Before dawn most mornings, Jose Lopez and his father slip on rubber gloves and steer their old pickup through Allston and Brighton searching for cans and bottles littering streets, parks, and alleys, as well as those destined for landfills in dumpsters and trash cans.
They don’t work for the city, but the men do serve the public, and they make a living from their long days scouring Boston, enough to afford a cramped, three-bedroom apartment in Allston and necessities for their family of seven.
If a ballot question that would expand the state’s bottle deposit law passes next week, it would allow them to redeem bottles from water, sports drinks, and other non-carbonated beverages that they now ignore. That would provide a major financial boost to their family and help clean up their neighborhood, they said.
“We could more than double our income,” said Lopez, 23, while delivering a haul recently to the Allston Redemption Center, where he and his dad redeem as much as $50 a day. “There are so many water bottles that we have to leave behind.”
The bottle bill that lawmakers passed in 1982 was designed to reduce the mounds of glass and plastic refuse polluting the state. But the law has served another, unintended purpose, one that even its supporters are loath to mention.
The nickels from the estimated 35 billion bottles and cans redeemed since the law took effect have provided a significant source of income for retirees, the unemployed, and other low-income residents, helping many like the Lopezes make ends meet.
No one in Massachusetts has tracked how much the poor have earned from recycling, but a study in California found that nearly 60 percent of the income from redeemed bottles and cans in the Santa Barbara metropolitan area went to households that earned less than $25,000.
The study, published three years ago in the journal American Economic Review, also found that the bottom 1 percent of earners in the area – those making $10,000 or less – received about 20 percent of the overall value of all the cans and bottles redeemed.
“This is a big unintended benefit of bottle laws,” said Bevin Ashenmiller, the author of the study and an associate economics professor at Occidental College in Los Angeles. “If you increase the pool of bottles that can be collected, it would mean that much more money for the poor and a lot less litter. That’s a win-win.”
Opponents of bottle laws argue that the deposits serve as a regressive tax on those who don’t have the time or means to redeem their bottles, especially the poor.
Those opposing Question 2 on the ballot, which would increase the number of containers eligible for redemption by more than a billion, called expanding the state’s bottle law “harmful to low-income residents.”
“Residents on limited incomes would be forced to pay more for bottled water and juice, among other groceries,” said Nicole Giambusso, a spokeswoman for the No on Question 2 campaign. “It doesn’t make sense to ask residents who can afford it the least to pay more at the checkout counter.”
But supporters of the ballot initiative say the opponents are trying to scare voters. The proponents cite a 2011 study of bottle laws in New England by the state Department of Environmental Protection that found beverages frequently cost more in New Hampshire, which lacks a bottle law.
The supporters also note that the proposed law would increase the handling fees for grocery stores and other retailers by 55 percent — from 2.25 cents to 3.5 cents a bottle — which they say should be more than enough to cover any additional costs.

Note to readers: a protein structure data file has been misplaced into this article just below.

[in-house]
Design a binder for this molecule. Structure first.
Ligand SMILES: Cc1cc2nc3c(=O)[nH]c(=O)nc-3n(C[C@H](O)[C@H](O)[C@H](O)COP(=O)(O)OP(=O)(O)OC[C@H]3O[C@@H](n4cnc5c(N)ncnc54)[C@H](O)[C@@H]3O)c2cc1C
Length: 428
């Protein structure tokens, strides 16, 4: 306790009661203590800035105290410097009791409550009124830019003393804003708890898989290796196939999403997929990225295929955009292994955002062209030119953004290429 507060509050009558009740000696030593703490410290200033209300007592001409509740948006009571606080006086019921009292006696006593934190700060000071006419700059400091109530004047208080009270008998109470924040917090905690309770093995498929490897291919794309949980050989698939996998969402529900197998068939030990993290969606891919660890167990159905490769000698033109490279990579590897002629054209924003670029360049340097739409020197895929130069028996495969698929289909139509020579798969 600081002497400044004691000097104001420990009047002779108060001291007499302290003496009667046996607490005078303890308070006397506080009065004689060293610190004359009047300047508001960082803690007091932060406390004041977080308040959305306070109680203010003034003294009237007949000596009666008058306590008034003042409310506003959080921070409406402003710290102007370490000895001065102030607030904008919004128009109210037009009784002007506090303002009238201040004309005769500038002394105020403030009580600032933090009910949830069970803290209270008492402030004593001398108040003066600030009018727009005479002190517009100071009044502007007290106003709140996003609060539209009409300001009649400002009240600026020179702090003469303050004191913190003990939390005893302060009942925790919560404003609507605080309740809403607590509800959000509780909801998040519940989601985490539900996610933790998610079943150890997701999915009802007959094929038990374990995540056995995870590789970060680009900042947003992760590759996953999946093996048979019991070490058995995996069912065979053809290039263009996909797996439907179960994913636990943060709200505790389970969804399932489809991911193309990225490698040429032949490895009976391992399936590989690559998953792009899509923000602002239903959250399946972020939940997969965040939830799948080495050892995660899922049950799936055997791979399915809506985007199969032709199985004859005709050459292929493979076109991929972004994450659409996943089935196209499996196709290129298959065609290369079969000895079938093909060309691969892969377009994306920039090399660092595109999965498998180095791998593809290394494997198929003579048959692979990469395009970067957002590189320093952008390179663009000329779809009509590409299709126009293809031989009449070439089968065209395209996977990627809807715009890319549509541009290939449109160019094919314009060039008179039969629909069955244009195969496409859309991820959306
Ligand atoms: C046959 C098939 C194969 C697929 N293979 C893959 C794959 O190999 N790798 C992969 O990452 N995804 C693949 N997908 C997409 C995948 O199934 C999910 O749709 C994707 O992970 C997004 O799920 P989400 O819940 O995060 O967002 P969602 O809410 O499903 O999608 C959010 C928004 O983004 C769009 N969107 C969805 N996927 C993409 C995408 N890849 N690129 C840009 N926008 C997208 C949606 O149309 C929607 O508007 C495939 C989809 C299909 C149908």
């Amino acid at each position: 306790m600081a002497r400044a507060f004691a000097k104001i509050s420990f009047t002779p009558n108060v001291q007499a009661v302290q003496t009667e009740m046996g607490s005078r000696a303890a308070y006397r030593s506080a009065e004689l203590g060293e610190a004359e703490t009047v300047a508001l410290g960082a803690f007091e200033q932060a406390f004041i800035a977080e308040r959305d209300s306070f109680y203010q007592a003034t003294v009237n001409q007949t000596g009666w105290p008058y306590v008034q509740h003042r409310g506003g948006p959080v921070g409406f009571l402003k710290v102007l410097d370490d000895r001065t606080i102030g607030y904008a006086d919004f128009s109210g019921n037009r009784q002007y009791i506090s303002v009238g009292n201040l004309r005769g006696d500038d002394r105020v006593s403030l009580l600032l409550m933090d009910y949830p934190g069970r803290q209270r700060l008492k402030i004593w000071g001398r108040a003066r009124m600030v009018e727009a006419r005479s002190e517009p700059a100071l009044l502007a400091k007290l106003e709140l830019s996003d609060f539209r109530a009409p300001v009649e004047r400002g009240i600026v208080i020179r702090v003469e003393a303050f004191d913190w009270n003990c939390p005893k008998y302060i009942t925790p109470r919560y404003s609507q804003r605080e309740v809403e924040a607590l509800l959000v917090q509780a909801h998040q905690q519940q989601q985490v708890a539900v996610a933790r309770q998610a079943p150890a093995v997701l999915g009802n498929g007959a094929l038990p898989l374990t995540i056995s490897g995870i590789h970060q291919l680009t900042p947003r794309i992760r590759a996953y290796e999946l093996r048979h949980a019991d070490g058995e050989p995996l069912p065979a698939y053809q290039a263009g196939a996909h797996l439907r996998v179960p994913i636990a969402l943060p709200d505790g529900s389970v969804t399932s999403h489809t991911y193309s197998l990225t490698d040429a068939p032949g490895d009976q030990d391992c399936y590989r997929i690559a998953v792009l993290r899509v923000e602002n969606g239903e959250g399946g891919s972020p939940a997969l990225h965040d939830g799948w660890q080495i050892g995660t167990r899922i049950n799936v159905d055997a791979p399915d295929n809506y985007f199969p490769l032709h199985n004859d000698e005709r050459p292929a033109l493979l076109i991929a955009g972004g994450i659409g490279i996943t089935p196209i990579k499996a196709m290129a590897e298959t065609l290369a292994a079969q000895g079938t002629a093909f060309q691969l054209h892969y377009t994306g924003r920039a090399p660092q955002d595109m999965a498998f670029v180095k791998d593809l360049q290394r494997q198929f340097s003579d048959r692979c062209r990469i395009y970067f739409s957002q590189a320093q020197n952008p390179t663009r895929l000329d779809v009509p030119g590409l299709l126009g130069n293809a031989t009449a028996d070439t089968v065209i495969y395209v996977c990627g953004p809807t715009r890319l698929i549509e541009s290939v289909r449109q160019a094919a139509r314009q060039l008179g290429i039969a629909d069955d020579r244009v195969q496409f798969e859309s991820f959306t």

‘There are so many water bottles that we have to leave behind.’Jose Lopez, who with his father collects bottles for hours almost every day and makes enough money to help his family
“Study after study shows that prices don’t rise as a result of the container deposit law,” said Janet Domenitz, executive director of the Massachusetts Public Interest Research Group, which is helping lead the Yes on Question 2 campaign.
She urged voters not to be swayed by their opponents. “For out-of-state beverage companies that have spent almost $9 million on deceitful ads to pretend they’re concerned about poor people is a bad Halloween scare,” she said. “The bottle bill benefits everyone.”
At Four Corners Recycle Corp. in Dorchester this week, Genia Moorehead, 34, was returning a bundle of soda cans from a birthday party for cash that will help her pay for diapers and milk for her two young children.
Moorehead, an unemployed mother, worried that beverage companies and supermarkets will jack up their prices if the ballot initiative passes.
“We’re struggling already,” she said. “That wouldn’t be fair.”
An Le, who has run the redemption center for 24 years, said expanding the bottle law would be a boon to his business and most of his customers. He said he would be able to hire more help and it would mean less recyclable materials going to landfills, saving the city money while keeping the streets cleaner.
“It would increase our volume by 20 percent,” he said.
As she fed bottles into a machine at Fuentes Market in Roxbury, Brenda Lucas, 56, listed what she buys with money from collecting bottles: soap, toilet paper, dishwasher liquid, prescription drugs, and transportation to medical appointments.
She has been redeeming bottles since the law was enacted and said she has seen it help friends who can’t find work, including the homeless and those with criminal records.
“I can’t understand why the law doesn’t include all bottles,” she said.
The Lopezes, who often rummage through trash for as long as 10 hours a day, say it’s frustrating that most bottles they find aren’t redeemable.
They often leave behind hundreds of sports drinks, juices, and bottles of water, which alone have increased in national sales by more than 400 percent between 2000 and 2010, according to the Container Recycling Institute, a Washington-based group that monitors the recycling of bottles.
“It’s such a waste,” Lopez said.